Driving Results

Tue, Dec 9, 2008

Driving Results

We’ve all done it. We’re using our computer, or trying to program our VCR, maybe even doing something simple, like backing the car out of the driveway. And it’s just not happening. The function we’re looking for doesn’t seem to exist in the software and we can’t get the VCR to agree to tape our favorite show. The mirror in the car isn’t wide enough to show us the garbage cans, piled on the side of the road, which we’re about to hit.

So what do most of us do? We find ways to get around these problems without necessarily solving them. We don’t even necessarily contemplate ways to make these products work in our favor. But what should a company whose interest is in creating, improving or redesigning better products, learn from this kind of information?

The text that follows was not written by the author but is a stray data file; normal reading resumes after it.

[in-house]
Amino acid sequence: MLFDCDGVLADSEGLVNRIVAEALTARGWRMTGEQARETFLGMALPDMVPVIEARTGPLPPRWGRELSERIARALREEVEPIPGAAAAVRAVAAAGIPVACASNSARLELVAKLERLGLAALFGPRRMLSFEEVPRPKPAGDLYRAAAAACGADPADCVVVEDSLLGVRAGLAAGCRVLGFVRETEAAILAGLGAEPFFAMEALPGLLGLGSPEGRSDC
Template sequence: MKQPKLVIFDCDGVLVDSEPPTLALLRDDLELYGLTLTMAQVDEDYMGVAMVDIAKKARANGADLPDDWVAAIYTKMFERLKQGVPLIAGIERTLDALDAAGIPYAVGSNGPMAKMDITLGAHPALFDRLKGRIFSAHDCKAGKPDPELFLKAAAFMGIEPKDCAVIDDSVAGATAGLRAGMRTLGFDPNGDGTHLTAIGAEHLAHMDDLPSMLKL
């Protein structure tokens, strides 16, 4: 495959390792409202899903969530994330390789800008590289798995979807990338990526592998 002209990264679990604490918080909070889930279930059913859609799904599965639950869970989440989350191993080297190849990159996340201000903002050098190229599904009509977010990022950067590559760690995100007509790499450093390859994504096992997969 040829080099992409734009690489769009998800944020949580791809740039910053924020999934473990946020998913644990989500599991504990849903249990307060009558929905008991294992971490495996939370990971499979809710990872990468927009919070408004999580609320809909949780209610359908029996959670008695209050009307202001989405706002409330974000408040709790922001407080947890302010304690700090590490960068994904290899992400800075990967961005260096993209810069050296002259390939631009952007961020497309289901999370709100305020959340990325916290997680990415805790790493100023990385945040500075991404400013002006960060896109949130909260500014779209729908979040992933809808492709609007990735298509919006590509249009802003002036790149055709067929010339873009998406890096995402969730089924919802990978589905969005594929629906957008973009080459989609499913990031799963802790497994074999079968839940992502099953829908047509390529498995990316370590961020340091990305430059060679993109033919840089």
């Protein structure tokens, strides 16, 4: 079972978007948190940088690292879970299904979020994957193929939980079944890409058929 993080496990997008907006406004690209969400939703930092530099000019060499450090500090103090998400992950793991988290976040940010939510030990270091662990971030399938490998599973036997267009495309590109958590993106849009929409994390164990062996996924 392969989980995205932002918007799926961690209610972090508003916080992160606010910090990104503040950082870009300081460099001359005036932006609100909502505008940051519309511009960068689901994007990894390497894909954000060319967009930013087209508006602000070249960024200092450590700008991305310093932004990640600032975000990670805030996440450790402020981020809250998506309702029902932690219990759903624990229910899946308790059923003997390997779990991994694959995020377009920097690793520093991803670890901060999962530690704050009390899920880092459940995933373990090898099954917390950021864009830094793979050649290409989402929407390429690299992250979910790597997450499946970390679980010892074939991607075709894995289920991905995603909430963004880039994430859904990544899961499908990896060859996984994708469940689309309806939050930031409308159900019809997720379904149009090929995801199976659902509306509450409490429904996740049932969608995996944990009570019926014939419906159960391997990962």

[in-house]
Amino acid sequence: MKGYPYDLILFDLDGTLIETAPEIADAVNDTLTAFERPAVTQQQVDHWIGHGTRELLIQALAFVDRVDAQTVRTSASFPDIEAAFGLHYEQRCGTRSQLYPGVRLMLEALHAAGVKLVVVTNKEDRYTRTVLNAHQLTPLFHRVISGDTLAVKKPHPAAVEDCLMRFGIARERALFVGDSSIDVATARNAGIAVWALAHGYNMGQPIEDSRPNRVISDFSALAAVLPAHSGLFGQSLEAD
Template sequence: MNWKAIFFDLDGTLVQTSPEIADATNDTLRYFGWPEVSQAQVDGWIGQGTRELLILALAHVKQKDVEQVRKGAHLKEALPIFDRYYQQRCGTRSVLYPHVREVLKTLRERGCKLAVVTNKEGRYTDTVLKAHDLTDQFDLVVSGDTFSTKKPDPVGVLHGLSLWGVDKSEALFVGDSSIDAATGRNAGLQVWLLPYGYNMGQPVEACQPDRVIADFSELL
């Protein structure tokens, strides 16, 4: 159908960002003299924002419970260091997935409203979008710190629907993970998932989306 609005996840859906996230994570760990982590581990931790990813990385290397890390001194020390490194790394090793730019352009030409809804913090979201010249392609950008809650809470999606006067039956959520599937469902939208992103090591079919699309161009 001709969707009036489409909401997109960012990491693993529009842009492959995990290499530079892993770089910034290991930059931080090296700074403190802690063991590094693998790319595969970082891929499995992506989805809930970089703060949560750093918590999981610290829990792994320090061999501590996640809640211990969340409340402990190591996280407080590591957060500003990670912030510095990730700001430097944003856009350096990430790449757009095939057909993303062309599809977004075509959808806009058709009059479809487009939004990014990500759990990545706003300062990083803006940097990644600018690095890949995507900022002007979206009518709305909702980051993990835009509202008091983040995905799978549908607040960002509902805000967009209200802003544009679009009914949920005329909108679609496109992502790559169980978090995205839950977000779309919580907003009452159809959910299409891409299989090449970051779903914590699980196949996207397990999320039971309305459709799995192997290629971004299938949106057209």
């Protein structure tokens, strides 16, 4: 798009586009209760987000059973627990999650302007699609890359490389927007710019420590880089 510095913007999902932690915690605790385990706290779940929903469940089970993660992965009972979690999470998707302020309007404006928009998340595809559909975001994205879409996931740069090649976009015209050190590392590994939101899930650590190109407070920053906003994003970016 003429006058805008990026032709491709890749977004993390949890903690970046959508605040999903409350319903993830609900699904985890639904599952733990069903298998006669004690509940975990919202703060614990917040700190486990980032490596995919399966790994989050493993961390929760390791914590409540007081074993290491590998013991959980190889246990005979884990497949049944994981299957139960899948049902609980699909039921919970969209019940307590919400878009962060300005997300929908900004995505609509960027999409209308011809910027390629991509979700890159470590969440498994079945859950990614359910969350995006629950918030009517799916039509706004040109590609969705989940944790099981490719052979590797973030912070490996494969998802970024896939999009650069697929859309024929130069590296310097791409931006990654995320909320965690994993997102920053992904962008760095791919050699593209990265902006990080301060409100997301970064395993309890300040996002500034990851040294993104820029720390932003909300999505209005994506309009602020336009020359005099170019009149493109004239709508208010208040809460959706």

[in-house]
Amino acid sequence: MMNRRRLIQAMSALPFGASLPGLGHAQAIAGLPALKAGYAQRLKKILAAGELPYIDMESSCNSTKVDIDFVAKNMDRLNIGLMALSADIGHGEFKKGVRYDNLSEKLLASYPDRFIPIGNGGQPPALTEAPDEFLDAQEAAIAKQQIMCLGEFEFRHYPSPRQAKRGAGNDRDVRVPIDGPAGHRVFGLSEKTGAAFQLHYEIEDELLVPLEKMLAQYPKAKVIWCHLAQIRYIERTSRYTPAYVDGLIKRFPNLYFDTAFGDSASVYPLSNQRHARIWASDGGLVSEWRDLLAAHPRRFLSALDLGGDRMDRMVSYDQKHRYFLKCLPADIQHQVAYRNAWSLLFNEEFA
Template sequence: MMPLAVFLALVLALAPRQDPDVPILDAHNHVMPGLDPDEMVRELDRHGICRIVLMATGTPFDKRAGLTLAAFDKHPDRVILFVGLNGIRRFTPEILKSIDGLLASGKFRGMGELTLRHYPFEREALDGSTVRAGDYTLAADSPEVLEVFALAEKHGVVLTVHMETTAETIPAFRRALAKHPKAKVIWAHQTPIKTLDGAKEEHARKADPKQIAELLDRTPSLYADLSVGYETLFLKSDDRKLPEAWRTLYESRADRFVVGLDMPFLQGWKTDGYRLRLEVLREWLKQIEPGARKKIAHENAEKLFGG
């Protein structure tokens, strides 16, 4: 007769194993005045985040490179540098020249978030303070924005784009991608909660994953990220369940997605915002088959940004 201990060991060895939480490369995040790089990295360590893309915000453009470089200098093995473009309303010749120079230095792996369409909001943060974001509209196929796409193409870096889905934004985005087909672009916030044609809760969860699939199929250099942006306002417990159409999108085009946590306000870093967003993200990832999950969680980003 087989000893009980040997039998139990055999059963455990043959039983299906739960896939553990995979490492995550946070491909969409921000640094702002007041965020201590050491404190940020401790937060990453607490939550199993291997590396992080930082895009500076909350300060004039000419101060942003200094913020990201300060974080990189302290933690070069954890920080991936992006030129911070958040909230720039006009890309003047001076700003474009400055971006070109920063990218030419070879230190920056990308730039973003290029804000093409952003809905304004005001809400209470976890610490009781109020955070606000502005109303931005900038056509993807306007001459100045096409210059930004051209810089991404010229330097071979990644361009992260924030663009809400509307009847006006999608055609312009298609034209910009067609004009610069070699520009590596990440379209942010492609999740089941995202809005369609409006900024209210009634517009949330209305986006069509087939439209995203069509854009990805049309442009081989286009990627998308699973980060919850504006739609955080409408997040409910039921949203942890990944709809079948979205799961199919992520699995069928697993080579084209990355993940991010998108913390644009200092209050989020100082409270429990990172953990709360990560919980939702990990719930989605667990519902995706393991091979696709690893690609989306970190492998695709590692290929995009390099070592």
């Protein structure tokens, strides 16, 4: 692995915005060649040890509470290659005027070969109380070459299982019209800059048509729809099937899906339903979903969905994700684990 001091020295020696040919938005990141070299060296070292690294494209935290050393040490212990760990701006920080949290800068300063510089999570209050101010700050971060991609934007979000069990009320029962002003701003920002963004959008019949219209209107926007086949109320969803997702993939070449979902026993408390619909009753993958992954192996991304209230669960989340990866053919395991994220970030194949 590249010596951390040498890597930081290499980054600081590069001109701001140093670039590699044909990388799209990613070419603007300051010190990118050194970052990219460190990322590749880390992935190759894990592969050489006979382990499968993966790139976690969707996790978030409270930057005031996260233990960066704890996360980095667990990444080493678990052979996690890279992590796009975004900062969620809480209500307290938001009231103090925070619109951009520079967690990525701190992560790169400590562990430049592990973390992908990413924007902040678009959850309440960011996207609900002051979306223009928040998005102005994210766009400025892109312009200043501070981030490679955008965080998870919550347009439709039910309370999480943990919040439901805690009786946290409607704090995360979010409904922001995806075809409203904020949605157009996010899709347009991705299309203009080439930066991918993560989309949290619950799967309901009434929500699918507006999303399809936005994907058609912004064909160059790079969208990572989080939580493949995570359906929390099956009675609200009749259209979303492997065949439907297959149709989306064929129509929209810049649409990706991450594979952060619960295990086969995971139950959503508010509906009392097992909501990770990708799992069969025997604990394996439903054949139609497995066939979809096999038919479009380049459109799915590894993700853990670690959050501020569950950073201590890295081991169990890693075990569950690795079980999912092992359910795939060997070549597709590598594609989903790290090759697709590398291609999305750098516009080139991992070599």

Market research has been the traditional approach for companies trying to discover which product innovations are the ones people really want. But while traditional market research remains highly important to companies in their efforts to create new product lines or services, it fails to address the customer’s inability to perceive possibilities for innovation and their limitations in guiding the development of new products. The products offered need to meet the expressed as well as the tacit desires of the consumer in order to be successful. Since the needs of the customer are often unrealized or unexpressed, companies are obligated to find other research methods to collect the kind of information they can use to meet such needs.

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